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Marine Mammals

PROMO Intro Steller sea lion by RL 512x219

The seals and sea lions seen at Cape Meares NWR are known collectively as pinnipeds. Pinniped means "fin foot" in Latin and describes both the "eared" and "true" seals. These animals can be distinguished from one another by a few notable features. True seals have small front flippers, large hind flippers and no ear flaps, while eared seals such as sea lions have ear flaps and large front and hind flippers, allowing them greater maneuverability on land. Both eat a variety of fish and crustaceans.

  • Harbor Seal

    PROMO List Harbor seals 150x118

    Harbor Seals are plentiful along the Oregon coast, often found lounging near bays, estuaries, and on sandy beaches and mudflats. Being true seals, they lack external ear flaps and can only move on land by flopping along on their bellies, called "galumphing". Reaching up to six feet in length and weighing close to 300 pounds, Harbor Seals are year-round residents here, giving birth to pups in April and May. 

  • California Sea Lion

    PROMO List Cali Sea lion by ODFW 150x118

    Loud and social, thickly huddled groups of California Sea Lions are a salient sight (and sound) on the rocks off Cape Meares NWR. North of southern California, the hauling-out grounds are occupied by males only, who migrate there for the winter; the females and pups remain in California all year. Males may grow to 850 pounds and reach seven feet in length. The bony bump on top of their skulls, known as the sagittal crest, is much less pronounced in Steller Sea Lions—a useful field mark. The main haulout areas along the Oregon coast are in the Columbia River near Astoria, Newport's Historic Bayfront, and Shell Island of Simpson Reef.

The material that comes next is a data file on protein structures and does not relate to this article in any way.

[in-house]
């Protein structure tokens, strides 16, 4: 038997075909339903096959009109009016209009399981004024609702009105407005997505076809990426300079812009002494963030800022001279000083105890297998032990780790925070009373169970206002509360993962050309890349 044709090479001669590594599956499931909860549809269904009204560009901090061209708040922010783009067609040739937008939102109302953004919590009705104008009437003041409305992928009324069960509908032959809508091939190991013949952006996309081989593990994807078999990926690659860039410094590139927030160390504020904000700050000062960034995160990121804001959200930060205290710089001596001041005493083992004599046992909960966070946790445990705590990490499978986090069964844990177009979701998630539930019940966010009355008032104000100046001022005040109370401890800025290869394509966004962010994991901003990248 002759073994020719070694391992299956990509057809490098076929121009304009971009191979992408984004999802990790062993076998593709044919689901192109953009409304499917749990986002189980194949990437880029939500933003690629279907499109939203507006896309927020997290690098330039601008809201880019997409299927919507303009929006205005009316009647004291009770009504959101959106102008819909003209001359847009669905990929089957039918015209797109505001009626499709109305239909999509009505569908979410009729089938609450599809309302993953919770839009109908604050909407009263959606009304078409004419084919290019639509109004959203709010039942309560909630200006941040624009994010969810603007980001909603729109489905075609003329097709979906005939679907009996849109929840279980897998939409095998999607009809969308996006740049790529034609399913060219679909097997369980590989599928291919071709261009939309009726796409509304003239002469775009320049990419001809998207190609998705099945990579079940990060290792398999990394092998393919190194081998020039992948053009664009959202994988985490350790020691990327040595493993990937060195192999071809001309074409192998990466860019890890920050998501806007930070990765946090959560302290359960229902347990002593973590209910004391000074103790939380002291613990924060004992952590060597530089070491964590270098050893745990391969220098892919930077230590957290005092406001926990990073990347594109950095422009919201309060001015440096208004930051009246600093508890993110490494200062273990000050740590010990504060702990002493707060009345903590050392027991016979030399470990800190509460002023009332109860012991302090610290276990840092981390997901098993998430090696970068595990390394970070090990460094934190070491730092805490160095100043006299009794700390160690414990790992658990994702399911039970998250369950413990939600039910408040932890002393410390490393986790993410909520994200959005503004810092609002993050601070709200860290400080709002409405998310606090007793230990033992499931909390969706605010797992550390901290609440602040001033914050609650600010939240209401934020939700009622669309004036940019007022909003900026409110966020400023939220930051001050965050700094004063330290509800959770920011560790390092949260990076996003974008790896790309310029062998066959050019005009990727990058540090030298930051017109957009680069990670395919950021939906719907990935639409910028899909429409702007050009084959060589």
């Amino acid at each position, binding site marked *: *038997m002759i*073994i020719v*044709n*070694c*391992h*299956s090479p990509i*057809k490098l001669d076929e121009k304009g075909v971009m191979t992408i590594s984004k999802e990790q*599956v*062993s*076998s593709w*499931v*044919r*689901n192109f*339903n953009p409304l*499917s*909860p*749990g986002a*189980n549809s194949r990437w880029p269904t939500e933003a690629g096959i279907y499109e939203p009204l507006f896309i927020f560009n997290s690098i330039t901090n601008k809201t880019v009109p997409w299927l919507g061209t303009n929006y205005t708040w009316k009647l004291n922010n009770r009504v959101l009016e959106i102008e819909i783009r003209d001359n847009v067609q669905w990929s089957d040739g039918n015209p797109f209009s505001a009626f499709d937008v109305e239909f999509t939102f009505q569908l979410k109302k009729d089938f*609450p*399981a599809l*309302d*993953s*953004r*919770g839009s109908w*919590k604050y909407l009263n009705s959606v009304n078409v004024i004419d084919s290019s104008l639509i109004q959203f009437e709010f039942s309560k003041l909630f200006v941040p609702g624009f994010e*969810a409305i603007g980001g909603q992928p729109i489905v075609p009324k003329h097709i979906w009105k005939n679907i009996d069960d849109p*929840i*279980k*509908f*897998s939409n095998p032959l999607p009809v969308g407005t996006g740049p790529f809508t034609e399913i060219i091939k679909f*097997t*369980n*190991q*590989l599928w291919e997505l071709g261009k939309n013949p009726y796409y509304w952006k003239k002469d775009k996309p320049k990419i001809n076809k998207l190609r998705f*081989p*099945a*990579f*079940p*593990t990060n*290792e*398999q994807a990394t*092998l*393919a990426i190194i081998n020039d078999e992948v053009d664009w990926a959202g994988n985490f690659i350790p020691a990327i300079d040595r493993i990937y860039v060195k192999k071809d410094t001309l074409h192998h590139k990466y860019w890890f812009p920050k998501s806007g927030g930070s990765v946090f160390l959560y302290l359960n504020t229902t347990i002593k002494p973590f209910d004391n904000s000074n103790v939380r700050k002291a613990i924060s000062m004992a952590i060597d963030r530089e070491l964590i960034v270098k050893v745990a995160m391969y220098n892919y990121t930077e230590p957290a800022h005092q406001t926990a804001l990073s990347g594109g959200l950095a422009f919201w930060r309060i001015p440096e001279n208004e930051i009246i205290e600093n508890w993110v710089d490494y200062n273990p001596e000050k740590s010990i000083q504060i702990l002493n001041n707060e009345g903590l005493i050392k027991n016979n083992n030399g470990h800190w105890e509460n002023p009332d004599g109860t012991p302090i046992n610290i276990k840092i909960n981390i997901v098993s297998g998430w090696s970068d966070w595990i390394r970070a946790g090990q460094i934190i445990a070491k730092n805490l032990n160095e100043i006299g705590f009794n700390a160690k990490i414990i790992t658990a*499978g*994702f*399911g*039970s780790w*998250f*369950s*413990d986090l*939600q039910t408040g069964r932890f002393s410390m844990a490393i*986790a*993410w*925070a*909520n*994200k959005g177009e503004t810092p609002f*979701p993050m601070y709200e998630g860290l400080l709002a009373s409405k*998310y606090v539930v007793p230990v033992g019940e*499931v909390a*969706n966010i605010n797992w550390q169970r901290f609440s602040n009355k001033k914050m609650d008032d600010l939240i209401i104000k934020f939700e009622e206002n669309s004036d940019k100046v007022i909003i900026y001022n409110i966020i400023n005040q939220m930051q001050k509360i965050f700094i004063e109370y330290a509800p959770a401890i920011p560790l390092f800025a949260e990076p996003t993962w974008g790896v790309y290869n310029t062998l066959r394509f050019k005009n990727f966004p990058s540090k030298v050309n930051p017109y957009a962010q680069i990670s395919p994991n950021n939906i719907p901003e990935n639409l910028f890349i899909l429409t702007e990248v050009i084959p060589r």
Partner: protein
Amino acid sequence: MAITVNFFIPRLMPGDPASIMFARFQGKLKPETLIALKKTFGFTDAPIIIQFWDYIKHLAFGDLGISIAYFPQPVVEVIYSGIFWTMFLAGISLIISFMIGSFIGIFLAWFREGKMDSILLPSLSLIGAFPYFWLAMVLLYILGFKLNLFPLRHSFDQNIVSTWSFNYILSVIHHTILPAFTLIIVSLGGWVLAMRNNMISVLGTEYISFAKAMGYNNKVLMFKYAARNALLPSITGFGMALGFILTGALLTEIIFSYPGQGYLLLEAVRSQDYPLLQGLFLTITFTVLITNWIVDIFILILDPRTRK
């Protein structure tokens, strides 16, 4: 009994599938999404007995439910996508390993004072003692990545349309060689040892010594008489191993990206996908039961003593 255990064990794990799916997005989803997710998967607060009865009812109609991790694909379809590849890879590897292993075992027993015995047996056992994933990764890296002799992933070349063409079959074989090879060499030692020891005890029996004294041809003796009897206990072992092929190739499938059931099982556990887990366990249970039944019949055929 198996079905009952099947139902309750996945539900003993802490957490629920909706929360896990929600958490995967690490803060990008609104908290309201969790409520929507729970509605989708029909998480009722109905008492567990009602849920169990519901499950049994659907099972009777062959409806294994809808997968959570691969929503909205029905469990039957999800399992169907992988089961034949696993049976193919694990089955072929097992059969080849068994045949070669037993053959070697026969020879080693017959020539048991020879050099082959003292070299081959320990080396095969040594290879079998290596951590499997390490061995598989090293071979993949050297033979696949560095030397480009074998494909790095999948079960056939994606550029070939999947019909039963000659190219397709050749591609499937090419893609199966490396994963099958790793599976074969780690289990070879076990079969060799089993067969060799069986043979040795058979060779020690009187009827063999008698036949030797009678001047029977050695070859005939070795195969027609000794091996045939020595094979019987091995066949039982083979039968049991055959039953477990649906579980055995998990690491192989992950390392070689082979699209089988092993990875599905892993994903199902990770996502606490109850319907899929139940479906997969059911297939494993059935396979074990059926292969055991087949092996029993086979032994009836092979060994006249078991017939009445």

• Steller Sea Lion

    PROMO List steller sea lion by ODFW 150x118

    Steller Sea Lions exemplify the leonine aspect of their name. Roaring rather than barking, possessing a thick golden pelage reminiscent of a mane, these pinnipeds spend the lion's share of their time offshore, or hauled out on remote, unpopulated beaches. Adult Steller males weigh more than a ton and grow to eleven feet; females are similar in length but weigh less than half as much. Up until December 2013, Steller Sea Lions were a federally threatened species in Oregon; they remain so in the Aleutian Islands of Alaskatheir main concentration.

    Get an up-close look at the world's largest eared seal 

Page Photo Credits — Harbor Seals - USFWS, California Sea Lion - ODFW, Steller Sea Lion - ODFW
Last Updated: Jul 24, 2015
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